b) [intransitive] if a place clears, the people in it leave it

The room cleared quickly after the final speeches.

a) [transitive] to remove something that is blocking a place such as a road or passage

The police cleared a way through to the front of the building.

b) [intransitive] to stop being blocked

Eventually the roads cleared and the traffic began to flow again.

3) [transitive, usually passive] to prove officially that someone did not do something wrong
be cleared of something:

The two men were cleared of murder yesterday.

4) [intransitive] if the sky or the weather clears, the weather becomes brighter and there are no more clouds, rain etc
5) [intransitive] if something such as smoke clears, it starts to disappear

They waited while the mist cleared a little.

6) [intransitive] if a liquid clears, it becomes transparent after being filled with extremely small pieces of a substance
7) [intransitive] if your skin clears, it starts to become smooth and healthy again
8) [intransitive] if someone's face clears, they stop looking annoyed, upset, or confused

She frowned for a moment, then her brow cleared.

9) [intransitive/transitive] if your mind or head clears, or if it is cleared, it stops being confused, tired, or affected by something such as alcohol
clear something of something:

Clear your mind of all negative thoughts.

10) [transitive] to go over, under, or past an object without touching it

One horse failed to clear the gate and was injured.

clear something by 2 metres/ 6 inches etc:

The aircraft cleared the houses by only a few metres.

11) [intransitive/transitive] if a cheque clears, or if a bank clears it, the bank allows the money to be used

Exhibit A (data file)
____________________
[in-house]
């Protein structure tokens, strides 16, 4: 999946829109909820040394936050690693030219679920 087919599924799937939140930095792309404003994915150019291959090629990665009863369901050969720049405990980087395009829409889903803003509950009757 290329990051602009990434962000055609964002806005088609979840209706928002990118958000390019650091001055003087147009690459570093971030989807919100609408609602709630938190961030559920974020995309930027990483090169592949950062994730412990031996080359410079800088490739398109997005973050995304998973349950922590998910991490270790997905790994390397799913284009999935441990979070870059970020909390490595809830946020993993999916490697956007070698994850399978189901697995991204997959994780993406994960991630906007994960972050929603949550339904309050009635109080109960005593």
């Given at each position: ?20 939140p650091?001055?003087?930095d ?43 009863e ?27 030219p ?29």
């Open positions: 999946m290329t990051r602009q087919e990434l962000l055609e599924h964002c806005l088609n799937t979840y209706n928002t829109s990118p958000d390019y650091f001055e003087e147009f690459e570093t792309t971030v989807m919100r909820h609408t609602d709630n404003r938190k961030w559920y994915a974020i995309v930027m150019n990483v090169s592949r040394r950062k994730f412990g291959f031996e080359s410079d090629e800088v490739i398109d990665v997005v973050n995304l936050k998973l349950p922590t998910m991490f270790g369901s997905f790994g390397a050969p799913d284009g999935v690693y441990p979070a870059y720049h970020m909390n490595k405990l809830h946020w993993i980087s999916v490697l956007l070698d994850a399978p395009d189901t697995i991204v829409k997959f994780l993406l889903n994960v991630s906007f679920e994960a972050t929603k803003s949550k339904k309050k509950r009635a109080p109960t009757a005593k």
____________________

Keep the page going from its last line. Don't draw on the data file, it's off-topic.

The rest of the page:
How long will the cheque take to clear?

12) [transitive] to give or obtain official permission for something to happen
clear something with someone:

You'll have to clear this project with head office.

a) to give a plane, ship, or person permission to enter or leave a place
clear something for something:

After half an hour the plane was cleared for take-off.

b) to obtain permission to enter a country or take something into a country after being checked by officials
clear immigration/customs/passport control:

Delays are often reported by passengers waiting to clear customs.

clear something through customs:

Someone from the embassy helped us to clear our baggage through customs.

13) [transitive] to pay back all of the money that you owe to the person you borrowed it from
clear a debt:

Try to clear your existing debts first.

14) [transitive] informal to earn a particular amount of money after paying taxes, charges, or costs

He clears about £500 a week.

15) [transitive] to deal successfully with a problem
clear an obstacle:

The company has cleared the main obstacle to concluding the sale.

clear a hurdle:

The first hurdle to clear is persuading investors of the merits of the product.

16) [transitive] to do all the work that you have to do
clear a backlog:

Extra staff have had to be brought in to clear the backlog.

17) [intransitive/transitive] if you clear a ball, or if it clears in a game such as football, you succeed in kicking or hitting it away from your goal

clear the way/ground for something — to do what needs to be done so that something can happen without any problems

The new law cleared the way for polytechnics to become universities.

Phrasal verbs:

III UK [klɪə(r)] / US [klɪr] adverb
Word forms "clear":
comparative clearer superlative clearest
completely away from something, or out of the way

Stan grabbed her hands and pulled her clear.

clear of:

Stand clear of the closing doors.

clear to/across/down etc — all the way to/across/down etc

The explosion blew them clear across the room.

keep/stay/steer clear of — to avoid someone or something unpleasant or dangerous

No one mentioned the divorce, so Lisa decided to steer clear of that subject.

IV UK [klɪə(r)] / US [klɪr] noun

English dictionary. 2014.